The communities that made up St. The Pius X student body, which had over 400 students graduate, have remained close, if not physically, then most certainly spiritually. Having attended St. Pius (1952-1971) is almost a badge of honor for the alumni. “It was a nice little school. We had fun there,” said Willis Shellman, (‘63) the alumni association treasurer. “We had so many good people come out of that school. We are just trying to keep it alive.”

Alumni like Savannah’s first Black mayor Floyd Adams, Jr. (Class of 1963) and author and former Savannah State University professor Dr. Charles Elmore (‘63) and retired Glynn County judge Orion Douglas (‘64) to name a few. 

The first alumni meeting of the year took place this summer via Zoom because of the restrictions on public meetings. Under less pandemic-like conditions, the alumni association would meet at Savannah Classical Academy. This K-12 charter school now stands in East Anderson Street, where St. Pius once stood. By all accounts, the leadership at Savannah Classical Academy is proud of its association with St. Pius X. It has been instrumental in helping keep the alumni association, which has well over 125 members, close to where everything began. 

“It’s a historic structure,” said Miller-Williams of the former St. Pius X building. “The most exciting thing is that our building is still there.”

“Our school was founded and staffed by Catholics,” says long time educator and alumni association co-founder Ormonde Lewis (‘63). “I see our Catholic legacy continuing today with our alumni association.” 

Close contact

Monthly meetings at Savannah Classical Academy, local philanthropic efforts, fundraisers and good old fashioned check-ins on fellow alumni are all a part of why the St. Pius X Alumni Association works.  “Our prayer, our Christian service projects and our concern for each other bolsters my faith,” said Lewis, who was also a former staff reporter at the Southern Cross.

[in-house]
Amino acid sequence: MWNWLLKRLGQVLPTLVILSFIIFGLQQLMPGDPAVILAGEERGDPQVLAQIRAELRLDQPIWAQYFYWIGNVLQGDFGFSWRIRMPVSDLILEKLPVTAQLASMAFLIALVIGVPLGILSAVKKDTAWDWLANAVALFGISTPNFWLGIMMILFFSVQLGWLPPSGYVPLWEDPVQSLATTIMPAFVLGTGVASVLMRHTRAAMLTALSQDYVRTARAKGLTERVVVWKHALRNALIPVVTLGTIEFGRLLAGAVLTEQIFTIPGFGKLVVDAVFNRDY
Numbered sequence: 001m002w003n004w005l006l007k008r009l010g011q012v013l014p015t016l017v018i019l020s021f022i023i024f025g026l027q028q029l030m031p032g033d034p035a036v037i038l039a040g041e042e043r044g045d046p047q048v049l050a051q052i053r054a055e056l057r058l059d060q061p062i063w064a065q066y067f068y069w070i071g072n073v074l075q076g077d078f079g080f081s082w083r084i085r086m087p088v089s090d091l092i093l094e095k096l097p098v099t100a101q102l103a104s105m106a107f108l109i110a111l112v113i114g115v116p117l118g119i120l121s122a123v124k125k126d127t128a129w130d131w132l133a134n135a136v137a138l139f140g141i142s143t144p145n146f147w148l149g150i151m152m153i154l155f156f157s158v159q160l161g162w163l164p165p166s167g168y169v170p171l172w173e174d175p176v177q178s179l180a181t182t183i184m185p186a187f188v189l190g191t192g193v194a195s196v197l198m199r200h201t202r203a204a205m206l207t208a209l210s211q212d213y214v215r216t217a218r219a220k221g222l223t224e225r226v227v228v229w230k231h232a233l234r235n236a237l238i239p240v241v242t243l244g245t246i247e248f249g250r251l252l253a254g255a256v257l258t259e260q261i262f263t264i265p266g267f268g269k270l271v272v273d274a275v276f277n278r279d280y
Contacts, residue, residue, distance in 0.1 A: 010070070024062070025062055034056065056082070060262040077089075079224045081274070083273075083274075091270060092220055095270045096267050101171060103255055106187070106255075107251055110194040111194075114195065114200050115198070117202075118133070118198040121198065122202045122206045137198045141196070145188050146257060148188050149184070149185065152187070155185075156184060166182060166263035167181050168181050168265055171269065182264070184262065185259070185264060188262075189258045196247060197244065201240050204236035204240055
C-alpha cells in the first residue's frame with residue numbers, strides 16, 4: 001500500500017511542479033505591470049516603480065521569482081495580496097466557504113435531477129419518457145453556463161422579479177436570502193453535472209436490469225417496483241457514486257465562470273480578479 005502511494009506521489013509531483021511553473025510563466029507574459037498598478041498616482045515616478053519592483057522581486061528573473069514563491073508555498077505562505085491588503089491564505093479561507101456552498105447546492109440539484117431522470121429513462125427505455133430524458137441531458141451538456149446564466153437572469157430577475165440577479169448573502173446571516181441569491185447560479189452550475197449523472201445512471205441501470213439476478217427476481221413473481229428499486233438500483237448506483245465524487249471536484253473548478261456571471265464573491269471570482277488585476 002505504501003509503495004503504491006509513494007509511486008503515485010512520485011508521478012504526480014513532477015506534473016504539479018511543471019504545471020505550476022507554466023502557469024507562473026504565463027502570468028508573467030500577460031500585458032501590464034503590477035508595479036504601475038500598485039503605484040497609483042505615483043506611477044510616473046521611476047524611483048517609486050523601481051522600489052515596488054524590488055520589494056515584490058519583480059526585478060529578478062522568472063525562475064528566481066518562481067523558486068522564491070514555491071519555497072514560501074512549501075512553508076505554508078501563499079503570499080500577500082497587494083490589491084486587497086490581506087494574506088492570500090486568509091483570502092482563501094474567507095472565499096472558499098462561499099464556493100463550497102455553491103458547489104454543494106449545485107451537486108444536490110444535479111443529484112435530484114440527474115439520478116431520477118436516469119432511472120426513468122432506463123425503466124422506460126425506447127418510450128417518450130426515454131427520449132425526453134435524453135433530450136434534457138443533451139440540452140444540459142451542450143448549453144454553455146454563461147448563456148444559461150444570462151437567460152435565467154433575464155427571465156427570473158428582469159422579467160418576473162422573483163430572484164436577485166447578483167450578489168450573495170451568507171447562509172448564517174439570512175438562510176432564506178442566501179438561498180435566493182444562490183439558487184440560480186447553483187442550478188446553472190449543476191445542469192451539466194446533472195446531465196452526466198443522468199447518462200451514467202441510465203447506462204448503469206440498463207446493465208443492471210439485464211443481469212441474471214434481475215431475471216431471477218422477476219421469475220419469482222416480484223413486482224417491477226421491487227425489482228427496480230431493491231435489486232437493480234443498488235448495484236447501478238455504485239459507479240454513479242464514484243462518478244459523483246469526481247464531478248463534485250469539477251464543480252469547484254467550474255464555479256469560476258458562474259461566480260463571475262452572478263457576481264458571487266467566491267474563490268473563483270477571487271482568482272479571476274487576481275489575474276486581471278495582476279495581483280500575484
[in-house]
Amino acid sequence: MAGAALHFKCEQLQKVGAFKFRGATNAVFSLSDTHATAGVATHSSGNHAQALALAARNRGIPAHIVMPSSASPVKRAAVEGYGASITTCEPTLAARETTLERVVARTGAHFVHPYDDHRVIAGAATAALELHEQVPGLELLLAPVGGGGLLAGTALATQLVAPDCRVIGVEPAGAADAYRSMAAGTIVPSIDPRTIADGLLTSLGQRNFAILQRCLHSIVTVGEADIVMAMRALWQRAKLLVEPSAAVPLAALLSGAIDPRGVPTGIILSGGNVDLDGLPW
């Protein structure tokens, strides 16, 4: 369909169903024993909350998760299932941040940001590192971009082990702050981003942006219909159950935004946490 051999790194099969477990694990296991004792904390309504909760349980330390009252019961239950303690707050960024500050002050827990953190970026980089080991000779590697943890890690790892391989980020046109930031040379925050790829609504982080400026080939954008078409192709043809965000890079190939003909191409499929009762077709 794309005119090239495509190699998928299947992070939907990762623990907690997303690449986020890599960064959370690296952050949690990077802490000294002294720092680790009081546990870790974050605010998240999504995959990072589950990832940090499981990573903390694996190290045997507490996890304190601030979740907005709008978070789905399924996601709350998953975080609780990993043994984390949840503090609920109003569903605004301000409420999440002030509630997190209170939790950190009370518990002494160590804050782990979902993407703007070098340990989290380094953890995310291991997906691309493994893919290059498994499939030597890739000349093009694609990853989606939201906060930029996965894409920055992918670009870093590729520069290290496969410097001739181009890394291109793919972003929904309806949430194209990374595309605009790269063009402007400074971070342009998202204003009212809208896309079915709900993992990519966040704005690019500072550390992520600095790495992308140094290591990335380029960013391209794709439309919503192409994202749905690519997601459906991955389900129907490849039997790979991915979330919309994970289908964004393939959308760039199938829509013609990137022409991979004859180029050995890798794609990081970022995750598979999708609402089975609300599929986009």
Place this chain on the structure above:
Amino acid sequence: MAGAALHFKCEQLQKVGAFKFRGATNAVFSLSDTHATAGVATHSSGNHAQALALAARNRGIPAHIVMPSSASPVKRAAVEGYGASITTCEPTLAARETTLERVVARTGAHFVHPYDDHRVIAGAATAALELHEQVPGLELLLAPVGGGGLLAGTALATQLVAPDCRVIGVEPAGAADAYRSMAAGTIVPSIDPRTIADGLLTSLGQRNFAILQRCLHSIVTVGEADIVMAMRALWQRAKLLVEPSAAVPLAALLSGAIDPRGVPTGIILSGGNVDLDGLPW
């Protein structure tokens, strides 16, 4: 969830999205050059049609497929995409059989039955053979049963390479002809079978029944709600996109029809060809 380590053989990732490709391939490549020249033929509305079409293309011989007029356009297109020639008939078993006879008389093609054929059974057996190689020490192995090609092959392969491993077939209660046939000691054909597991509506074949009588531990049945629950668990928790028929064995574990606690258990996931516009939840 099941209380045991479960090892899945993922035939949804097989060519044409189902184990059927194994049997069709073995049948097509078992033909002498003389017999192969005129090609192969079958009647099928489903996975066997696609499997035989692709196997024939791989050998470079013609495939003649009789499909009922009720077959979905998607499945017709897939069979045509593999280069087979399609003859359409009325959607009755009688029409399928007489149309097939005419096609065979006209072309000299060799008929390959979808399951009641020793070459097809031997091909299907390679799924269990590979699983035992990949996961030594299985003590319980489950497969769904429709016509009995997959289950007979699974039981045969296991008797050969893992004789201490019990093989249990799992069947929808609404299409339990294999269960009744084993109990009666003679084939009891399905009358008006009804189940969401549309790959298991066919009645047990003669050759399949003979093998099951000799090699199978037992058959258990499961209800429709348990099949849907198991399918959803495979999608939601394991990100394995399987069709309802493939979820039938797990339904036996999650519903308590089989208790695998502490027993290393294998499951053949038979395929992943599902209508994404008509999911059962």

Living in Orange, New Jersey, John Pyous, Jr. 81, (‘57) doesn’t get back to Savannah as much as he used to. Pyous is a property owner in town and would make the trip south every three months to check in on tenants and check in on St. Pius alums. The retired United States Army engineer enjoyed a 40-year career that took him all over the world. Still, he always found time to stay in touch, thanks in part to the alumni association. “I find it very satisfying, personally, because it helps me keep the legacy going,” he said during a recent phone interview. “What the alumni association did for me, instead of just keeping in touch with my folks that I went to school with, it opened up a whole big world for me.

“I wouldn’t have known all of the people I do now without the alumni association.”

Nathaniel Glover (‘71) agrees. Glover is part of the last class of graduates at St. Pius X and holds that distinction close to his heart. He, too, used to attend meetings and believes it is essential to remain in touch. “We stay together, we communicate, it keeps the world balanced,” he said by phone from his home in Pooler. 

The St. Pius X alumni association did not get an opportunity to host their annual “Pius Fest” this year due to COVID-19. The annual gathering that takes place on the third weekend of August is held at Savannah Classical Academy and brings alumni into town from all over the country. Shellman knows they missed an excellent chance to meet and greet each other, especially those that live outside of Chatham and Bryan Counties, respectively. He listed Florida, Oregon, New Jersey, Iowa, and Maryland as other states that he could remember alumni currently residing in. “People come from out of town, and we celebrate each class,” he said. “We are looking forward to having it next year; it’s a lot of fun.”

The alumni association has also hosted Christmas parties, with that being a time where people come back home to Savannah to see family, and the St. Pius X alumni is a family. Just ask them. “When I think about the entire St. Pius X experience, I think of family,” said Glover. “When you get older, you lose family members and close friends, so it’s important to stay in contact.”